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Holden cruises to five stars

First class: The Holden Cruze scored 35.04 points out of a possible 37 to breeze into a five-star safety rating.

All-new Holden small car gains maximum five-star ANCAP crash test rating

12 May 2009

HOLDEN’S all-new Cruze small sedan will be as safe as the Commodore sedan and wagon and the current Astra hatch when it goes on sale early next month.

By achieving a maximum five-star crash safety rating from Australasian New Car Assessment Program (ANCAP), the Cruze also out-paces the Viva small-car range it will replace – as well as the Suzuki Ignis-based compact SUV that wore the same nameplate between 2003 and 2006.

While the original Cruze came with a three-star ANCAP rating and the Daewoo Lacetti-based Viva achieved a four-star result – the same as the Korean-built Epica mid-sizer – the imported four-door Cruze also out-performed Holden’s smallest model, the Barina.

The latter, which started life as the Daewoo Kalos, lifted its ANCAP score from a lowly two stars to four following structural upgrades in 2008, similar to the way in which the VE Commodore’s four-star ANCAP result was upgraded to five stars in late 2008 following running changes including the addition of a passenger seatbelt reminder, new steering column shroud and revised rear doors.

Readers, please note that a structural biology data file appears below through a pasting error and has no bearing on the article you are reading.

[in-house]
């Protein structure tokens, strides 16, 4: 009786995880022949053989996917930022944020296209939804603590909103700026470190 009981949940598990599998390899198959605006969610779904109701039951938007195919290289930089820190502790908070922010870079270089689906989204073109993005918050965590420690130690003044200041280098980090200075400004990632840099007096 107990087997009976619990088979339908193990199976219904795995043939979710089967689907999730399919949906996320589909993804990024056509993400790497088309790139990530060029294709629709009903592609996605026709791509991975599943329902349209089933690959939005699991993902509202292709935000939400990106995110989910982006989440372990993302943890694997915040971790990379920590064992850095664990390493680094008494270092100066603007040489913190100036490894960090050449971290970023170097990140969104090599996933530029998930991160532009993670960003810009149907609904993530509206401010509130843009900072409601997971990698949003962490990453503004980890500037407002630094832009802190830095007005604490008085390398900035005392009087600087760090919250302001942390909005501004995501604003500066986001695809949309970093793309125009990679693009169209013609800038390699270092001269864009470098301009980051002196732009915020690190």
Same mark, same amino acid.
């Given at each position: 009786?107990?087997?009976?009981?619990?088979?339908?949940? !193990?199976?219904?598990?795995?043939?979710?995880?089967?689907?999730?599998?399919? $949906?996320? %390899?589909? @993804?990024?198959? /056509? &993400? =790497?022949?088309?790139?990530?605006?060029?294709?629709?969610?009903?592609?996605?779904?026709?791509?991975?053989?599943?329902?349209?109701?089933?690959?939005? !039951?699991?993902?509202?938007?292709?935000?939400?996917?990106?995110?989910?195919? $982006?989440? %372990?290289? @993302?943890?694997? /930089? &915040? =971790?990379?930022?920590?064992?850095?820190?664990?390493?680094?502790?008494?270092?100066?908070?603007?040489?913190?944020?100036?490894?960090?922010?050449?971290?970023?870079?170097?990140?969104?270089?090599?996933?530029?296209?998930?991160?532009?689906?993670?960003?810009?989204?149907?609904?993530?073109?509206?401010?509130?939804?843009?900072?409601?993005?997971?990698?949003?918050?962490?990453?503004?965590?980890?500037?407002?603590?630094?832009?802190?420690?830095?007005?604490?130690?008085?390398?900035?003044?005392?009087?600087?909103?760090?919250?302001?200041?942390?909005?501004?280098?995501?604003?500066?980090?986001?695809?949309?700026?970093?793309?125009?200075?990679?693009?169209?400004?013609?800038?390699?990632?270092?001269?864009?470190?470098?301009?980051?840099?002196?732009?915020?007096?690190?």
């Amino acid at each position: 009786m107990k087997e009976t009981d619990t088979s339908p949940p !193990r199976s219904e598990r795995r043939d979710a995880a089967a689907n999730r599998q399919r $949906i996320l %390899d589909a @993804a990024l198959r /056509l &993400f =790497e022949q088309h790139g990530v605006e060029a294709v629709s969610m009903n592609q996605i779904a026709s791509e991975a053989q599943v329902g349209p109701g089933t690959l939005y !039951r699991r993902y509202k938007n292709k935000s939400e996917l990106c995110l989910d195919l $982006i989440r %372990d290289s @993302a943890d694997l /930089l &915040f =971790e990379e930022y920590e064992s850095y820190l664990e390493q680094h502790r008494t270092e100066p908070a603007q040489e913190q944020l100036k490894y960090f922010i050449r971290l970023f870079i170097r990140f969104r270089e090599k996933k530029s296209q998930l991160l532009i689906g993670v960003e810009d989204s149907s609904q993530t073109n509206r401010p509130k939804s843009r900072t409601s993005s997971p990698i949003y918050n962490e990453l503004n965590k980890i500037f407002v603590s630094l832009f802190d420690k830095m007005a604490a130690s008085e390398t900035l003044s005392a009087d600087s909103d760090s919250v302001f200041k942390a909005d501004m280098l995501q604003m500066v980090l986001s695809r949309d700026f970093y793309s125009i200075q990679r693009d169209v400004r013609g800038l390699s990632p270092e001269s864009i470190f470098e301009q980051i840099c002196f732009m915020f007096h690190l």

Holden said the Cruze sedan scored 35.04 points from a total of 37, thanks to its high-strength steel structure and a host of active and passive safety systems.

13 center imageThey include a collapsible pedal assembly and standard driver aids including electronic stability control (ESC) with traction control, an anti-lock braking system (ABS) with brake assist and electronic brake-force distribution (EBD), seatbelts with reminder warning and load-limiters, and six airbags including twin front, front-side and side curtain airbags.

“We know that today’s motorists want many things from a small car and that includes no comprise on safety,” said GM Holden chairman and managing director Mark Reuss.

“Incredibly high benchmarks were set as the Cruze was being developed and the results show. This is a world-class car with a safety rating to match. We welcome ANCAP’s response to Cruze’s strong safety features.”

As previously reported, the JG-series Cruze will go on sale in early June powered by a 1.8-litre four-cylinder Ecotec petrol engine mated to a six-speed automatic transmission (for CD and CDX grades) or a 2.0-litre four-cylinder common-rail turbo-diesel engine, (CD only).

GoAuto has learned the former will return official ADR 81/02 fuel consumption of 8.0L/100km.

Built in South Korea by GM affiliate Daewoo since last November, the Cruze is expected to be priced around the same as the Holden Viva it will replace, meaning a sub-$19,000 starting price.

The Korean-made Cruze sedan made its Australian public premiere at the Melbourne motor show in March, brandishing a spacious five-seater cabin with a 60/40-split folding rear seat.

It is based on the same global GM Delta II platform that will form the basis of Opel’s next-generation Astra, the Chevrolet Volt plug-in hybrid and GM Holden’s unique-to-Australia small-car derivative that enters production in September 2010.

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